Australia

Victoria posts record low road toll

Victoria has recorded its lowest number of lives lost on the road in decades in 2018, but police say one life lost is too many.

Victoria is boasting its lowest road toll in at least three decades in 2018, but that's little comfort for families of those 214 who lost their lives.

Police have acknowledge the record low number of lives lost in 2018, 45 less than 2017 and 29 fewer than the previous record low of 243 in 2013.

Head of Road Policing Operations Superintendent John Fitzpatrick said the record low is encouraging but there were still too many fatalities on Victorian roads.

"The fact that there were 45 fewer lives lost in 2018 will be of no comfort to those who are mourning someone who was precious to them," Supt Fitzpatrick said on Tuesday.

"One life lost is one too many,"

There was a reduction of almost a third in lives lost on country roads, but a 26.7 percent rise in the number of pedestrian fatalities.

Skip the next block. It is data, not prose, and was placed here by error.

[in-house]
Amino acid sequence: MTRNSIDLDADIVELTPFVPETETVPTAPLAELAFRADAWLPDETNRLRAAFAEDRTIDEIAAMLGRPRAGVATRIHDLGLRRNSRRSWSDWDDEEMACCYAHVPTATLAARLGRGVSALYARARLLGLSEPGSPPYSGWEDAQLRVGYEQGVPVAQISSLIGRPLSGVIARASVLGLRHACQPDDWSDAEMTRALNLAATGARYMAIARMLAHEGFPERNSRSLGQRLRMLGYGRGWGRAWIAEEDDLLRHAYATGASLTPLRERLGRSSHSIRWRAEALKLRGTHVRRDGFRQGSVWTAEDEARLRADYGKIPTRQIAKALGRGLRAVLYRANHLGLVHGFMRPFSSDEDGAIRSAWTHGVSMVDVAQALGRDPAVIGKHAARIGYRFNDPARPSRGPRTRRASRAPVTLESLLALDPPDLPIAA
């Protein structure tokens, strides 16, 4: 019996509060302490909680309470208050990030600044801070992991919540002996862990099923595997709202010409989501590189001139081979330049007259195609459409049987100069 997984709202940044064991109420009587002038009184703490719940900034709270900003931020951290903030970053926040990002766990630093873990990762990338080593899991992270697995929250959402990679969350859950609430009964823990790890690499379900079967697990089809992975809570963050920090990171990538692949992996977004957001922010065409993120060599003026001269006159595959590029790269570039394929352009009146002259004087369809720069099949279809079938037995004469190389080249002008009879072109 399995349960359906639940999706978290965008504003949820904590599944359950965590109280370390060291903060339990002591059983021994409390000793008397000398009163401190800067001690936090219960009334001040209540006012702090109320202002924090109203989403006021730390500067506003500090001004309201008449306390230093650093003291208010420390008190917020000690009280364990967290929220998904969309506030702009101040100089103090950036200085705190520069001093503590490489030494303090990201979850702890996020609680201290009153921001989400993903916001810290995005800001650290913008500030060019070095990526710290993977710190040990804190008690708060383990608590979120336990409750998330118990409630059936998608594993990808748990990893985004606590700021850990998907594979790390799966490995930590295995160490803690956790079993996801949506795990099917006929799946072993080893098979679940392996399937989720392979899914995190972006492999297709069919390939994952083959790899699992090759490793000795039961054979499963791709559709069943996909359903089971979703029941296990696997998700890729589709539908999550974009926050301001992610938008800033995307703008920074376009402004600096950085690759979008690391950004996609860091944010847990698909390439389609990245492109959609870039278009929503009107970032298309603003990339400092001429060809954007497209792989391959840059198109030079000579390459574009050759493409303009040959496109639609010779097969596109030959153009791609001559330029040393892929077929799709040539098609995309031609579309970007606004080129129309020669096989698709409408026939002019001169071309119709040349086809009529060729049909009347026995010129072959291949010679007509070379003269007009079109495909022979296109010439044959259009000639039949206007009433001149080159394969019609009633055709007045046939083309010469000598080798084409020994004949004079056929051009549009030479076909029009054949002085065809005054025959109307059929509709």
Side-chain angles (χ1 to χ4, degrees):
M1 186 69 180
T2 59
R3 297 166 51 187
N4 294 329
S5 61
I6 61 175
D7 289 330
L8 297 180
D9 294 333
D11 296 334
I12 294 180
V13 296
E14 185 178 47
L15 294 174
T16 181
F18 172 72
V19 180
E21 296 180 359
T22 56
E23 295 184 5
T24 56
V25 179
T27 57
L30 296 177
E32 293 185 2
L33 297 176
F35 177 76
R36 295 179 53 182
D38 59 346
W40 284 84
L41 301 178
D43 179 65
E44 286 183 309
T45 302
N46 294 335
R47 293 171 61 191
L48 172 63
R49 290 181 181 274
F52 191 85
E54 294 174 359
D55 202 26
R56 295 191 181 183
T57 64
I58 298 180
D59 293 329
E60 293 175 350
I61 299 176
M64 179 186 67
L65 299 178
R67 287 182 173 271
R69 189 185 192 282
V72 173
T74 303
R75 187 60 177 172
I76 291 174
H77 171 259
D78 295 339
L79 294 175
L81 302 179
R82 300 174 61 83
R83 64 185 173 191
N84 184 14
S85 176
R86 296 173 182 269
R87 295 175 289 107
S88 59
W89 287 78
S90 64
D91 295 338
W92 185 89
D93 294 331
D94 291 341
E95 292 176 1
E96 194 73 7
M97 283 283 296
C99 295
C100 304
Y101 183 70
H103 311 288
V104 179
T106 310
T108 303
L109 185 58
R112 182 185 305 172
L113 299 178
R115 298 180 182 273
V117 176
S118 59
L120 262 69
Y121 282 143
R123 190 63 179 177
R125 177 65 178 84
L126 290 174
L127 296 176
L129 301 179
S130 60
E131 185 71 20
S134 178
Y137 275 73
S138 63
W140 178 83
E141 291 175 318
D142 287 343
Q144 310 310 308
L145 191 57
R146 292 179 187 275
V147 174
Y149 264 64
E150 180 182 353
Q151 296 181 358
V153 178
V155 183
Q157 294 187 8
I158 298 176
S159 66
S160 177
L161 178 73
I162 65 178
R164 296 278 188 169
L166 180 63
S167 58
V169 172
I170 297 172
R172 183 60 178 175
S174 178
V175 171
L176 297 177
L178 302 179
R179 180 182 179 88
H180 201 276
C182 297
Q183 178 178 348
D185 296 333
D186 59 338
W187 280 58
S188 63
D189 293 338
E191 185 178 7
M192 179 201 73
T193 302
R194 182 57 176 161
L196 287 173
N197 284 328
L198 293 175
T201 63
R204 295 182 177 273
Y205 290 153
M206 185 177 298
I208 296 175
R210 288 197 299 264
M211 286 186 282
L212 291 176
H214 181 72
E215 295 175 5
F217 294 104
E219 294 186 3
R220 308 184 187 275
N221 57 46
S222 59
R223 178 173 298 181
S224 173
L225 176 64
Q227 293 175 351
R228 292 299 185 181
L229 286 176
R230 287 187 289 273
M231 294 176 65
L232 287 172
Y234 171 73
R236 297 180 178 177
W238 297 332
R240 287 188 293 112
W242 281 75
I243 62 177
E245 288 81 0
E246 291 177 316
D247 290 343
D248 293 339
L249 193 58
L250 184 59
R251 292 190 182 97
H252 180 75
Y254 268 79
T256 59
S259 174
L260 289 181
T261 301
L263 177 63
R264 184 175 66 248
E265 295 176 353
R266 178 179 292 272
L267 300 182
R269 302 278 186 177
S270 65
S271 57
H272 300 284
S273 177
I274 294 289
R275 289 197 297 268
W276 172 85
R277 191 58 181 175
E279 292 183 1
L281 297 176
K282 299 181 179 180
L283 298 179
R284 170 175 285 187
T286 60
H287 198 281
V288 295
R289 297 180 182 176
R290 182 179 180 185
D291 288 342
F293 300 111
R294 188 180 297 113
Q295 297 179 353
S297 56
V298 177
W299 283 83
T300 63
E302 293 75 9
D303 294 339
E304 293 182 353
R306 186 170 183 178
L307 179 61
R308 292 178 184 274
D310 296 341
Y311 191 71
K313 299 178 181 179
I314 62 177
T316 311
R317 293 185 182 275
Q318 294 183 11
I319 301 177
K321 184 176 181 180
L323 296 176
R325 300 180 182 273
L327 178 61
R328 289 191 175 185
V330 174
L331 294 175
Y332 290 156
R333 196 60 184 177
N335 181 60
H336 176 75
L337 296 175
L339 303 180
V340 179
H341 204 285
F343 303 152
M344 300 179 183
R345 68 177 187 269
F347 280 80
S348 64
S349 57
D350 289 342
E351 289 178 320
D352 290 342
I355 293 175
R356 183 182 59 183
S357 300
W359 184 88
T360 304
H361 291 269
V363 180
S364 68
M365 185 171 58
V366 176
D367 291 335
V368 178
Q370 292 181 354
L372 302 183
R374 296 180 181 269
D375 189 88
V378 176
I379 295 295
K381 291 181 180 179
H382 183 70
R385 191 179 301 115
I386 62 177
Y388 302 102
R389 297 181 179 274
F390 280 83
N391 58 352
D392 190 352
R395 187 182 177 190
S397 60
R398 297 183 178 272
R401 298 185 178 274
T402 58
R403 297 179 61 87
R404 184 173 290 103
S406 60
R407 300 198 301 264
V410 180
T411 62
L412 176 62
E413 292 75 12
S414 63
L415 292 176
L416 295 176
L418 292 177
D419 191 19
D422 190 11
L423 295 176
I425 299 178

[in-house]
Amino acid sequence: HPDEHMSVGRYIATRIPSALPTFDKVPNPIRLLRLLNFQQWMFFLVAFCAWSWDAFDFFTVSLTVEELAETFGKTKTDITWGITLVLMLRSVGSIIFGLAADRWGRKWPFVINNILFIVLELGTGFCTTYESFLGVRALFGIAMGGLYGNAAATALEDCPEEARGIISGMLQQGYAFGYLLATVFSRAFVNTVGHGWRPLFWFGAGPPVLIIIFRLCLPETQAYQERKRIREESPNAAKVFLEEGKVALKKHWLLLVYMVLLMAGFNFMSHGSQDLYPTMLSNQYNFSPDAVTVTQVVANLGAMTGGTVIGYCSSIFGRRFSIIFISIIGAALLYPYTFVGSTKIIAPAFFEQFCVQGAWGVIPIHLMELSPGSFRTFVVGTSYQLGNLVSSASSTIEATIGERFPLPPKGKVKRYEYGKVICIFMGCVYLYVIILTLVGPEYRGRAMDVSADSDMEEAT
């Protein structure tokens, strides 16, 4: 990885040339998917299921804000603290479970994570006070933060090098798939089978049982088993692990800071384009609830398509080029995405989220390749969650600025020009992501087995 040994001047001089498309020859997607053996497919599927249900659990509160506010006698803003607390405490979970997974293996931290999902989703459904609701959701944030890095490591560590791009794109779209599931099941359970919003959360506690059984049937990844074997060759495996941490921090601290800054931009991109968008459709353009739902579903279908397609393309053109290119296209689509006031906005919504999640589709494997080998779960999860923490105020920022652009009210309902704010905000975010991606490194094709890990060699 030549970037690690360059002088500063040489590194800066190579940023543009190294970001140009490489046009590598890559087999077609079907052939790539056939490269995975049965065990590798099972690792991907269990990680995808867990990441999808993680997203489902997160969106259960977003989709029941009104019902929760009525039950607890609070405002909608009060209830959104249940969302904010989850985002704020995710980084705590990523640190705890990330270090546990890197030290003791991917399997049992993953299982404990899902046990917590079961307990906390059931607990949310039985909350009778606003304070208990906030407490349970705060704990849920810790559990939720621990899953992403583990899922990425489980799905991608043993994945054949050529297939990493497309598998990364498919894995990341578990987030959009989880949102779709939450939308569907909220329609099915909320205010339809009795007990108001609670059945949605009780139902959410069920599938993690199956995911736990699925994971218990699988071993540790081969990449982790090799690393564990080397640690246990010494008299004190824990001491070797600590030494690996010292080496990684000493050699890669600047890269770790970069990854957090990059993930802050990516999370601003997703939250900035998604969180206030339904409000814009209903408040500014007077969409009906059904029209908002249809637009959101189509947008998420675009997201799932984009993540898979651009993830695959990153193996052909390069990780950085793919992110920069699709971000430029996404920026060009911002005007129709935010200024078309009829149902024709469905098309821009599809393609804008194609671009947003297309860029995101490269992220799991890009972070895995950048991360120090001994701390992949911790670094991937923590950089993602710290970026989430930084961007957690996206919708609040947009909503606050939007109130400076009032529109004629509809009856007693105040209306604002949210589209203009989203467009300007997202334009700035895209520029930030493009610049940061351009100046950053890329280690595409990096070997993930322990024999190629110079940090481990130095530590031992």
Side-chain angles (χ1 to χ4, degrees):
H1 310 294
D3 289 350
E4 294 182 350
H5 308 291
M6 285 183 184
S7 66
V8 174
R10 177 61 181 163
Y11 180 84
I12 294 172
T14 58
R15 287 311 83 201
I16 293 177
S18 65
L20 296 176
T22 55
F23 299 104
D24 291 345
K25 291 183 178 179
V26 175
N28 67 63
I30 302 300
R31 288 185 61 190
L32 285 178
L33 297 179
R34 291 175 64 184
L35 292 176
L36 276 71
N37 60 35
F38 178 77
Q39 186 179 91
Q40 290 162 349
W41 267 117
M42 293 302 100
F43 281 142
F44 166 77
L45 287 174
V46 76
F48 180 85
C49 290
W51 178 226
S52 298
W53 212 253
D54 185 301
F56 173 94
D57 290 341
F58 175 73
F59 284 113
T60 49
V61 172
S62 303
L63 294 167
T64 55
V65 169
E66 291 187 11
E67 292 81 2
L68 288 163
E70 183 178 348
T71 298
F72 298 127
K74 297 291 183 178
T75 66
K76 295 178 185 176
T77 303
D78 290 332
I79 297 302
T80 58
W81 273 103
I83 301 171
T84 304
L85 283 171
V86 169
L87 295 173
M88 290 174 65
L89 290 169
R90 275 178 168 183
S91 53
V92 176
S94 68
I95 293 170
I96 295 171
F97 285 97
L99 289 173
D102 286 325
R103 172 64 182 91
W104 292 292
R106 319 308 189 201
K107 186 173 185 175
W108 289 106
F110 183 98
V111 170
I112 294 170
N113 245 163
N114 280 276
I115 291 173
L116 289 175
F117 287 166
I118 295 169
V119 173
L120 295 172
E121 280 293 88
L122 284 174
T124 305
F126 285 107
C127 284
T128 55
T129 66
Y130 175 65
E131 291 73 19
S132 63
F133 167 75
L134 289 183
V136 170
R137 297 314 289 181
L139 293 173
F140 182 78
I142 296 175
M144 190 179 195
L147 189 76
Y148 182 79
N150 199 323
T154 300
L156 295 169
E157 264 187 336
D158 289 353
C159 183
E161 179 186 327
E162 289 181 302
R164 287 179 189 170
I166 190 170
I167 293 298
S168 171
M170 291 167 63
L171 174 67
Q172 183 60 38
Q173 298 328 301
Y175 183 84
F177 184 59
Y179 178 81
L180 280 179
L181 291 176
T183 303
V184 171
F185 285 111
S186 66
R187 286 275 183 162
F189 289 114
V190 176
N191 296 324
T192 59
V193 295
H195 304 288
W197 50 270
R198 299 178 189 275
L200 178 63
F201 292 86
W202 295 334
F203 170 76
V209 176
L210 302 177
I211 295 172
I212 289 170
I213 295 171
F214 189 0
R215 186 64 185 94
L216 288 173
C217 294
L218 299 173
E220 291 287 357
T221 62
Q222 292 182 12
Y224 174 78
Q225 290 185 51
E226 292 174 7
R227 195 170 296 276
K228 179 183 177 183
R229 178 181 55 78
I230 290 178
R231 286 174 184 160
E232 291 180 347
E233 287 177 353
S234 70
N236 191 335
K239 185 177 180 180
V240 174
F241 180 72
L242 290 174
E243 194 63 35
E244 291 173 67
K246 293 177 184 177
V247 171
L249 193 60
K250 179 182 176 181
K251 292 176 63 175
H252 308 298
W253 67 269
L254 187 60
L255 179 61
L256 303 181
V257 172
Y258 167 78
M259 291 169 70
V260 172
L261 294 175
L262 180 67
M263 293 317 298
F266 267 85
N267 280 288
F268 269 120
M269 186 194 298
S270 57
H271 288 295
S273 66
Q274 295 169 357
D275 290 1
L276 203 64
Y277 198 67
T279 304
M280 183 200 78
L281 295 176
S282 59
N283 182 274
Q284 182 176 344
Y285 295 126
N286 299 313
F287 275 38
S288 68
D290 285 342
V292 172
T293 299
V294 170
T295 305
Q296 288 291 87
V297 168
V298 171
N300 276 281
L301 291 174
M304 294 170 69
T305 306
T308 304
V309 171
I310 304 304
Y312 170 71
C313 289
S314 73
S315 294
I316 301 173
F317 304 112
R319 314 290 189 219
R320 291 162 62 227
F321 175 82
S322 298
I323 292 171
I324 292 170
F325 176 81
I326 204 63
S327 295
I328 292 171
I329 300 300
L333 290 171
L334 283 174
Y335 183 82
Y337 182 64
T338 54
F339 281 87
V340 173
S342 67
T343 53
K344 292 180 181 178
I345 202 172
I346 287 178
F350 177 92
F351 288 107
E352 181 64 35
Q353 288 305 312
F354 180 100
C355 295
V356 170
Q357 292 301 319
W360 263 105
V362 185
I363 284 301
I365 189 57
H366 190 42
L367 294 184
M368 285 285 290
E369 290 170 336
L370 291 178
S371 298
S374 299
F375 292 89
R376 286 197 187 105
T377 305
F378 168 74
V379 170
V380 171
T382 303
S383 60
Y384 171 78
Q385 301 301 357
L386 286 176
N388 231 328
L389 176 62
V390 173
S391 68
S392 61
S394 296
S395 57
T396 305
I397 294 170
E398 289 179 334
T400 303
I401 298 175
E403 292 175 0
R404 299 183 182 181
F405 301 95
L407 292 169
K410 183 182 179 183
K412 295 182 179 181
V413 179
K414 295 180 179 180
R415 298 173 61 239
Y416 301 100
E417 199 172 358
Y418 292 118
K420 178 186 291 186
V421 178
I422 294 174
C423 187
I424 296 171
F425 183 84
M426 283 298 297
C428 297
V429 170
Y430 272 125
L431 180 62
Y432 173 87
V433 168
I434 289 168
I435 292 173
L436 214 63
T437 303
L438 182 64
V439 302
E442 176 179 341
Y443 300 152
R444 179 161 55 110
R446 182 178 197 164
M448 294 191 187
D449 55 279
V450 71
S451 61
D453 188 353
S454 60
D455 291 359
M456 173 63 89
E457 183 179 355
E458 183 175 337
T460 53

Police also increased the number of drug tests by 50 per cent, which means they will do 50,000 more in this financial year compared to the last.

"These measures and the commitment of our officers are an important factor in the reduced number of lives lost," he said.

"We should also remember that while there are fewer fatalities, thousands of Victorians suffer serious and life-changing injuries on our roads each year. This is the hidden cost of road trauma."

Road toll provisional figures in 2018 shows:

* 108 lives were lost on country roads, a decrease of 30.09 percent on 2017, when 154 people lost their lives on country roads

* 106 lives have been lost on metropolitan roads, one more than in 2017.

* Pedestrian deaths have increased by 26.7 percent, with 38 killed in 2018 compared 30 in 2017.

* The number of cyclist deaths has almost halved, from 12 in 2017 to seven in 2018.

* 36 motorcyclists lost their lives, one less than in 2017. One pillion passenger was killed, the same as in 2017.

* Males accounted for the majority of lives lost with 155 compared with 59 females.

* The 25 to 29-year-old age bracket experienced the biggest increase in lives lost, with 15.8 per cent more killed than in 2017.

Source: Victoria Police

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